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Will to Power


Suppose nothing else were "given" as real except our world of desires and passions, and we could  not get down, or up, to any other "reality" besides the reality of our drives--for thinking is merely a relation of these drives to each other: is it not permitted to make the experiment and to ask the question whether this "given" would not be sufficient for also understanding on the basis of this kind of thing the so-called mechanistic (or "material") world?...

In the end not only is it permitted to make this experiment; the conscience of method demands it. Not to assume several kinds of causality until the experiment of making do with a single one has been pushed to its utmost limit (to the point of nonsense, if I may say so)... The question is in the end whether we really recognize the will as efficient,  whether we believe in the causality of the will: if we do--and at bottom our faith in this is nothing less than our faith in causality itself--then we have to make the experiment of positing  causality of the will hypothetically as the only one. "Will," of course, can affect only "will"--and not "matter" (not "nerves," for example). In short, one has to risk the hypothesis whether will does not affect will wherever "effects" are recognized--and whether all mechanical occurrences are not, insofar as a force is active in them, will force, effects of will.

Suppose, finally, we succeeded in explaining our entire instinctive life as the development and ramification of one basic form of the will--namely, of the will to power, as my proposition has it... then one would have gained the right to determine all efficient force univocally as--will to power. The world viewed from inside... it would be "will to power" and nothing else.

from Beyond Good and Evil, s.36, Walter Kaufmann transl. 
 

In order to sustain the theory of a mechanistic world, therefore, we always have to stipulate to what extent we are employing two fictions: the concept of motion (taken from our sense language) and the concept of the atom (=unity, deriving from our psychical "experience"): the mechanistic theory presupposes a sense prejudice and a psychological prejudice...

The mechanistic world is imagined only as sight and touch imagine a world (as "moved") --so as to be calculable-- thus causal unities are invented, "things" (atoms) whose effect remains constant (--transference of the false concept of subject to the concept of the atom)...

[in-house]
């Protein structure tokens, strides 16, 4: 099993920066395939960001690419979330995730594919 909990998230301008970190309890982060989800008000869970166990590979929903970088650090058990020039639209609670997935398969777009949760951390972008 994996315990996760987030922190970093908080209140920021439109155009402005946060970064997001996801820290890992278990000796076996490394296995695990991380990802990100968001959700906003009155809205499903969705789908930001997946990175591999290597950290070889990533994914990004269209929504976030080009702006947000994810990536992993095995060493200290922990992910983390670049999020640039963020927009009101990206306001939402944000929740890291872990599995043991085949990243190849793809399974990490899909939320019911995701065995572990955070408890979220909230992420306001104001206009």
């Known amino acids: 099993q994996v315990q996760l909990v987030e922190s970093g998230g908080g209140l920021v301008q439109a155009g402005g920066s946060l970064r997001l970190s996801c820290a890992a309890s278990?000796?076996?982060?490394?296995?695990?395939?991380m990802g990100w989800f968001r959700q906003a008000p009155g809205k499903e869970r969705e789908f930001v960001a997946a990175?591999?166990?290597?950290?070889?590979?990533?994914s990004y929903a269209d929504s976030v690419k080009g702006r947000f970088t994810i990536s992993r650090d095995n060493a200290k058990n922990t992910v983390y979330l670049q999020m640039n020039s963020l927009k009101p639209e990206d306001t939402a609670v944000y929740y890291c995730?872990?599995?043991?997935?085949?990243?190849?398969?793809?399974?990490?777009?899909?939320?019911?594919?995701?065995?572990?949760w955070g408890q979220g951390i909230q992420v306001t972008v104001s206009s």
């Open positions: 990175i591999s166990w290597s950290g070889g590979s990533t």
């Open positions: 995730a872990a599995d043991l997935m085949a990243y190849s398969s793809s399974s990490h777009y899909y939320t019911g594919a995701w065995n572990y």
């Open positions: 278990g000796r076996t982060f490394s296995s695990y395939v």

If we eliminate these additions, no things remain but only dynamic quanta, in a relation of tension to all other dynamic quanta: their essence lies in their relation to all other quanta, in their "effect" upon the same. The will to power is not a being, not a becoming, but a pathos --the most elemental fact from which a becoming and effecting first emerge--

from The Will to Power, s.635, Walter Kaufmann transl. 

My idea is that every specific body strives to become master over all space and to extend its force (--its will to power:) and to thrust back all that resists its extension. But it continually encounters similar efforts on the part of other bodies and ends by coming to an arrangement ("union") with those of them that are sufficiently related to it: thus they then conspire together for power. And the process goes on--

from The Will to Power, s.636, Walter Kaufmann transl. 

[Anything which] is a living and not a dying body... will have to be an incarnate will to power, it will strive to grow, spread, seize, become predominant - not from any morality or immorality but because it is living and because life simply is will to power... 'Exploitation'... belongs to the essence of what lives, as a basic organic function; it is a consequence of the will to power, which is after all the will to life.

from Nietzsche's Beyond Good and Evil, s.259, Walter Kaufmann transl. 
Bill Curry